11 October 2019
TAGS

Building Radical Solidarities: Soundings at The World Transformed in Brighton

Jeremy Corbyn was elected on a wave of hope for a ‘new politics’: for a more humane, equal, democratic, anti-racist and sustainable society. It was against this background that The World Transformed (TWT) emerged; a festival of politics, culture and ideas that has run in parallel to the annual Labour Party Conference for the past four years. TWT aims to bring people together to help imagine and achieve radical change. The festival has grown year on year, with more than 6,000 people now taking part.

This year, Soundings journal organised a lively participatory session at the festival, on ‘Building Radical Solidarities’. On Sunday morning, in a packed-out tent, TWT attendees gathered to discuss how to develop and strengthen the collective solidarities that the left will need in the crucial weeks, months and years ahead. The session was chaired by Dr Jo Littler (Reader at City University and member of Soundings editorial collective), and together our speakers offered some brilliant reflections on hard-won lessons from the real-world solidarity-building initiatives they’ve been involved with.


From left to right: Jo Littler, Faiza Shaheen, Lynne Segal and Christina Paine. 

Dr Faiza Shaheen (Director of the Centre for Social and Labour Studies (CLASS) and parliamentary candidate) reflected on what she has learnt from her work in Chingford and Woodford Green, where she’s been leading community campaigns and door-knocking sessions, and working with local groups to build involvement and support for Labour.

‘Look local… People coalesce when they care. Find the thing in your community that’s really making people angry… Find those local assets that we need to fight for.’ 
- Faiza Shaheen

Danny Millum (University of London branch secretary of the Independent Workers Union of Great Britain (IWGB)) and Christine Paine (lecturer in music technology at London Metropolitan University and University and College Union (UCU) activist) explained how the UCU and the IWGB – one of the newer ‘gig’ unions and a more established union – have worked together on a boycott campaign to improve conditions for low-paid outsourced workers at the University of London’s Senate House.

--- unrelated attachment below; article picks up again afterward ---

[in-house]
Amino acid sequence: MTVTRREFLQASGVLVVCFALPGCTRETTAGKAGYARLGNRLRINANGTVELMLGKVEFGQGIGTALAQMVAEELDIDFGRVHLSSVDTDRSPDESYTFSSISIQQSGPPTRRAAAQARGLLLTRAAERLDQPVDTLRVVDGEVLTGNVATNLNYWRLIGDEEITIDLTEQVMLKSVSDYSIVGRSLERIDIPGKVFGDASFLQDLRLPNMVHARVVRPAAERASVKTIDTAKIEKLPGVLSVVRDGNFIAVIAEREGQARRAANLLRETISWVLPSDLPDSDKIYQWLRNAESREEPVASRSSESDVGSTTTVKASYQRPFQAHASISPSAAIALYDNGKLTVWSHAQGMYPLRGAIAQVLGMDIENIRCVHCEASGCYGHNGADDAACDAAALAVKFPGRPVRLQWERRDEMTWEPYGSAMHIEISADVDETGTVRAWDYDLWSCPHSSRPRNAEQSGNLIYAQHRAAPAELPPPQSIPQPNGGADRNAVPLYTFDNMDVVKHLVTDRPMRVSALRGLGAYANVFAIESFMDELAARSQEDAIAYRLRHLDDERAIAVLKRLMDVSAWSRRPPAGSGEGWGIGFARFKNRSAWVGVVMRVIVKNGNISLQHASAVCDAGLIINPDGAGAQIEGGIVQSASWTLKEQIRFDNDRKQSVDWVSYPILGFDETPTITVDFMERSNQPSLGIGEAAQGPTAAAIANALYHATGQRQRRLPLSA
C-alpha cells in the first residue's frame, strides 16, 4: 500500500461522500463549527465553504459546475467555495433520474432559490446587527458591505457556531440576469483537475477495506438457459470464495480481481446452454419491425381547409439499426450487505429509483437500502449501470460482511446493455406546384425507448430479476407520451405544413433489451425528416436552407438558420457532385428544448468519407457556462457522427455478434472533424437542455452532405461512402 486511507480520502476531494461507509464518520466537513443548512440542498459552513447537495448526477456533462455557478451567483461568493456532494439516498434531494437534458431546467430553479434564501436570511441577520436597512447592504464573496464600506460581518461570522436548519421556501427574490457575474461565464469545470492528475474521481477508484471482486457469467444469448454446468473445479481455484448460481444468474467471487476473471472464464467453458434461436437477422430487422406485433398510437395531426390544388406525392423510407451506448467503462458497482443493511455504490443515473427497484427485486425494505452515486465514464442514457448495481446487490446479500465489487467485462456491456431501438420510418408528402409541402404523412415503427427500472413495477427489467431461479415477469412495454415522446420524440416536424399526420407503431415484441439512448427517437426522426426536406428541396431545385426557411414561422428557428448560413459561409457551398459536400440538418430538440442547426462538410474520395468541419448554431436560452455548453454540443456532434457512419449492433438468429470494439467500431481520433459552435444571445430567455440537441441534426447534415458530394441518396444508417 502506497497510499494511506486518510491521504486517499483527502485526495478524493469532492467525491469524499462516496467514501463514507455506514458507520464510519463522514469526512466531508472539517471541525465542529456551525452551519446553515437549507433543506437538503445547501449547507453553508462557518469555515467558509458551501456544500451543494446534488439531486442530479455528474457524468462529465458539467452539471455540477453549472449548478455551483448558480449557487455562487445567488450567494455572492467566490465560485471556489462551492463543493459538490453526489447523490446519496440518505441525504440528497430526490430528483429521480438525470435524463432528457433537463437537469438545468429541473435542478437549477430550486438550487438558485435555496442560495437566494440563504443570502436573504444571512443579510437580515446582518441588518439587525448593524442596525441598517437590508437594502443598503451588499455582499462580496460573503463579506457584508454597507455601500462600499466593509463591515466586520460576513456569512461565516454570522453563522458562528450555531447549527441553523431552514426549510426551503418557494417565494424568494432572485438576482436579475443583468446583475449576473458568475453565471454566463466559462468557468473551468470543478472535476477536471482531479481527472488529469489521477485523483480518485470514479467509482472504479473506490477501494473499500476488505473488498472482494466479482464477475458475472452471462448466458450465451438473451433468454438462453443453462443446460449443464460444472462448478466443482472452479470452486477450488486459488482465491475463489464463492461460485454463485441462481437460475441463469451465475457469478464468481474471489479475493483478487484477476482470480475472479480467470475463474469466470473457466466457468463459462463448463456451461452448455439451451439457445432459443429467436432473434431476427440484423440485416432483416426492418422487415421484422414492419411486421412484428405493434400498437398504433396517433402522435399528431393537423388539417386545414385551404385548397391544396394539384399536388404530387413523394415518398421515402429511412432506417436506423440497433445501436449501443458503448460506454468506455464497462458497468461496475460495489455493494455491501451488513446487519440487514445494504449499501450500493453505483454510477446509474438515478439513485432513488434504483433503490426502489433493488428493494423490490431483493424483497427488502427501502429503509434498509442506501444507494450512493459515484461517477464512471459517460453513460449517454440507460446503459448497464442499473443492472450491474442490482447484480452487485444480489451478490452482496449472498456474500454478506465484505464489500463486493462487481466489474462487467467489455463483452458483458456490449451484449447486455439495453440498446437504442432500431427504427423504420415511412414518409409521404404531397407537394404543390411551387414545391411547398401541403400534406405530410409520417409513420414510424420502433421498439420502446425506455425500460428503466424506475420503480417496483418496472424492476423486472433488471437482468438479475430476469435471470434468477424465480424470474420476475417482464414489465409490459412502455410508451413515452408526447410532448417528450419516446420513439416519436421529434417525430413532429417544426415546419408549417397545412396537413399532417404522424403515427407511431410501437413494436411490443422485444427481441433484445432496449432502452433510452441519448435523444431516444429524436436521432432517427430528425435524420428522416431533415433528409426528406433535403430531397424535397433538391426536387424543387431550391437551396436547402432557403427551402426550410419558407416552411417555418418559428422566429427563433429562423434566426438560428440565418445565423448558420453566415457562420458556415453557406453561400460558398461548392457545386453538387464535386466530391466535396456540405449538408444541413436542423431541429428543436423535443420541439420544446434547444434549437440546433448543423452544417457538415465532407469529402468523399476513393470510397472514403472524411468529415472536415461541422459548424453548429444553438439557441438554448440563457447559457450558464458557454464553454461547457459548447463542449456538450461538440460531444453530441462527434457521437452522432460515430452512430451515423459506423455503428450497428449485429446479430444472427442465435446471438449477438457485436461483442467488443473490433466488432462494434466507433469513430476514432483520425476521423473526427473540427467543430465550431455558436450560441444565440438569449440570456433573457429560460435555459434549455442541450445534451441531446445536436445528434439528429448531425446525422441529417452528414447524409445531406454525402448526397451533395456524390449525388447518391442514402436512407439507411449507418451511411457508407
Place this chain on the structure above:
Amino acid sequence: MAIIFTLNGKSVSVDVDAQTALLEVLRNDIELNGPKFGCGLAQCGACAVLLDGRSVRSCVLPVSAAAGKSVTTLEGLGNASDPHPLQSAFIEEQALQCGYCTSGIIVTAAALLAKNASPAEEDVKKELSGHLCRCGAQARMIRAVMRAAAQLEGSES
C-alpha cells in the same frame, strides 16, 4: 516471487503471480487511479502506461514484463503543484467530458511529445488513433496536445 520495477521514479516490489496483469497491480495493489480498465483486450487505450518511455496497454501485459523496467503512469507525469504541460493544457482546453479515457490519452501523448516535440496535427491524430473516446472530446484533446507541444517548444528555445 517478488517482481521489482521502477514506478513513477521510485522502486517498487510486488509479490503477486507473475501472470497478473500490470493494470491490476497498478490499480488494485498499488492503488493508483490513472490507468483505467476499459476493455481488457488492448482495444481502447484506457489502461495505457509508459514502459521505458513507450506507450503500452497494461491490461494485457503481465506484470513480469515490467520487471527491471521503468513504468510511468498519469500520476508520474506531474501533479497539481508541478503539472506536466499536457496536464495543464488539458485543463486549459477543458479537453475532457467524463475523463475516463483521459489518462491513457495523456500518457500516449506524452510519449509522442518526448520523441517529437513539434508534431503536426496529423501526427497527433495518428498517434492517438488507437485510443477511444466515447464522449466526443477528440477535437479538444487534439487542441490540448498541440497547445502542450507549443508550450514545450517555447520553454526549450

‘The universities… are privileged structures built on the work of the many, from which the few benefit. They’re built on structures of sexism and institutional racism, and we want to break this down.’
- Christina Paine

Tom Wadsworth, an activist for Lesbians and Gays Support the Migrants, an organisation inspired by the 1980s movement Lesbian and Gays Support the Miners, spoke about his involvement in the ‘Dear BA’ campaign to stop British Airways facilitating Home Office deportations on charter flights, and about LGSMigrants’ other migrant solidarity projects.

‘Are we just building movements where we hear our own stories, we hear the stories that we’re often told… or are we building solidarities that lift up voices from other communities, that diversify these stories that are told?’ 
- Tom Wadsworth

Socialist feminist academic, activist and author Lynne Segal reflected on her experiences of solidarity-building as part of feminist and local community-based activism in the 1970s, and the relevance of this activism today.

‘We ought to be able to address the pluralism and complexity of identities, to stop lining up against each other. We need a certain politics of uncertainty… When we’re thinking of solidarities, we always need to be open and flexible, and to see that we will have certain disagreements with people, but if we’re thinking of the broader structures of global capital and so on which we’re against, then we ought to be able to find ways of uniting.’ 
- Lynne Segal


Tom Wadsworth of LGSMigrants. 

Rich and wide-ranging discussions followed the speakers, as event participants shared their own experiences and insights.

Some key themes that emerged:

There was a clear feeling in the room that more needs to be done to recognise the diversity of contexts, stories and experiences of solidarity-building today. In order to learn from these, the UK left should try harder to guard against not only sectarianism, but also overly top-down forms of organising. These, several participants said, can not only close down the left imagination, but also take the focus away from the full diversity of solidarity struggles that will be needed to build the strength of the left. A radical and pluralistic understanding of solidarity is required to build the hope, collective capacity and support networks on the ground that are needed across different contemporary contexts, issues and groups.

There was also a palpable resurgence of support for face-to-face interaction. Without denying the value of online social networks, several speakers and participants reaffirmed the importance of the simple conversation and the intimacy that such encounters can provide. Face-to-face encounters were seen a medium that can uniquely foster radical listening, interpersonal understanding and collective care. As such, they were seen as key to building the kinds of radical solidarity the left in the UK so urgently needs today – especially now, when it seems increasingly likely that we are moving towards another general election.


Danny Millum (IWGB).